Simulating Long Wave Infrared

I’m hoping to learn if Radiance is the right tool for this research project and hopefully get some guidance from the community on how to get started if it is.

There is a type of camera that uses long wave infrared, which is further away from the visible spectrum than near-infrared, which has already been a topic here. The sensor plates of these cameras are not photon receptors, but thermal resistors because the wavelength is the same as thermal radiation.

The first objective is to do a sun-lit render of an object, using the long wave infrared wavelength.
The second objective is to make parts of the object glow as though they are hot and render both.
The third objective is to somehow simulate things like lens-flares, glare, and bloom.

For this experiment, I’m keeping some things simple by assuming the object being rendered is a metal box floating in the vacuum of space, lit only by the sun and heaters built on it.

What’s important is that the results could be verified by real-world experimentation, which is why Radiance was my first choice for this project.

I have some vague ideas on how this could be done, but perhaps it’s best not to steer the conversation towards a particular direction right away.

Thank you all! Would love to get your feedback!

Your topic seems vaguely related to this thread. I don’t suppose you are working on different aspects of the same problem, are you?

In any case, Radiance is not really designed for long IR simulation inasmuch as materials are either emitters or passive reflectors/transmitters of radiation, not both. You can mix the “glow” type with other types, such as “plastic” to get some combined behavior, but it is tricky to do so correctly. Also, Radiance has no internal mechanisms for tracking temperature, thermal mass, conduction, convection, radiative losses and gains, or even black body spectra. All of that would be your job as well.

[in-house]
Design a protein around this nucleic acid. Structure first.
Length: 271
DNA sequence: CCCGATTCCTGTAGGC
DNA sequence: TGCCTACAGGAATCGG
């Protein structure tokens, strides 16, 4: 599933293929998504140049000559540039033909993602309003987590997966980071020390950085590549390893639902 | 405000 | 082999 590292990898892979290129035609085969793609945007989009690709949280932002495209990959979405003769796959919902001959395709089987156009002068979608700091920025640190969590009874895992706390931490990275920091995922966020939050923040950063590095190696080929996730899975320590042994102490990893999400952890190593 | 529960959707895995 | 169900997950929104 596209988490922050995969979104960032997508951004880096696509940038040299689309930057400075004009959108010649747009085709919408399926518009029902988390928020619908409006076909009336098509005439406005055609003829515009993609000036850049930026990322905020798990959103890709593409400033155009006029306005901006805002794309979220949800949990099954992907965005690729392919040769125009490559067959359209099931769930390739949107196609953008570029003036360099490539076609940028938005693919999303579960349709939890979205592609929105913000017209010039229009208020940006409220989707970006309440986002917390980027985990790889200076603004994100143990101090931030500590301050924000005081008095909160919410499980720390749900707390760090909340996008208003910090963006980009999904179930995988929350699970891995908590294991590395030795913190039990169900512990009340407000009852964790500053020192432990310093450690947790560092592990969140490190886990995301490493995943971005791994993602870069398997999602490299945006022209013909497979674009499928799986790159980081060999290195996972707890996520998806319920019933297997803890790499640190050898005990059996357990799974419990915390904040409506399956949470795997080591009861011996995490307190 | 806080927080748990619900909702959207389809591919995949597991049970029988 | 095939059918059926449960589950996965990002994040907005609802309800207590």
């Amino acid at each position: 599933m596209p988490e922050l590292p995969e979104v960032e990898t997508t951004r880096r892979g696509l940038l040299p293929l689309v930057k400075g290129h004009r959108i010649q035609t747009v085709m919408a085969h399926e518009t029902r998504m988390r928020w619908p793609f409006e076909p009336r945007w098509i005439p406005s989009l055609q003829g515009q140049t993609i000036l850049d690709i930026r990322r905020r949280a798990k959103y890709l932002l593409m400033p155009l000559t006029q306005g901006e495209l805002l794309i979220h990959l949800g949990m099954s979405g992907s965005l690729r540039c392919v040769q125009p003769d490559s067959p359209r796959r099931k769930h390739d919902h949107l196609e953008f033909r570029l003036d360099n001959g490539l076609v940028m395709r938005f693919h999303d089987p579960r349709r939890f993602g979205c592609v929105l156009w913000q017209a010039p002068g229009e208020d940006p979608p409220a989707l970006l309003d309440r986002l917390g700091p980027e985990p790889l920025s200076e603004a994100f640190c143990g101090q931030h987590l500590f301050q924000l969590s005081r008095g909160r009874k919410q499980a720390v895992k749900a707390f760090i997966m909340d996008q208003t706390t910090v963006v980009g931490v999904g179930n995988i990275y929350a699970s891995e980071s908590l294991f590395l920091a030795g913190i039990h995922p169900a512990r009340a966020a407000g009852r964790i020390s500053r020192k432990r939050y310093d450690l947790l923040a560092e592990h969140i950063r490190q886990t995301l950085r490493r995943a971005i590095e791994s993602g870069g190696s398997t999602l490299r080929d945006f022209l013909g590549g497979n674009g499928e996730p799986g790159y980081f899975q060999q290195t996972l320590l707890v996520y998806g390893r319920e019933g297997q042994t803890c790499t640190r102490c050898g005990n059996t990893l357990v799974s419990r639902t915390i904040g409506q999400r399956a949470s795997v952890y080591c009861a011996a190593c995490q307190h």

Assuming you are up for that, it is possible to explicitly model longwave radiation using the latest spectral rendering additions in the HEAD release found here. You would need to specify a range that included visible light from at least 468nm, and the photon-mapping add-on is not yet functional in this prerelease, but it is possible.

Regarding lens effects such as flare and bloom, we don’t have any built-in simulation models for these effects, and I am also unsure if or how thermal wavelengths differ from visible.

Given all that, you are welcome to give it a try, but there may be better-suited software out there. It’s not really my area of expertise; I just didn’t want your query to go unaswered.


Thank you for the swift reply!
I will look into the glow type and the spectral rendering additions you mentioned.

If we were able to generate a grey-scale temperature map with another program and apply it as a texture, do you think there would be a way to make it glow according to the bright and dark areas of the texture?

You would need a tool that converts the thermal map into an HSR (hyperspectral radiance) image with the appropriate thermal range and black body emission spectra, then apply this to a surface modified by a glow or a mixfunc with a glow and some reflecting material, with the glow then modified by a specpict pattern. It is possible, but no one has done it, before.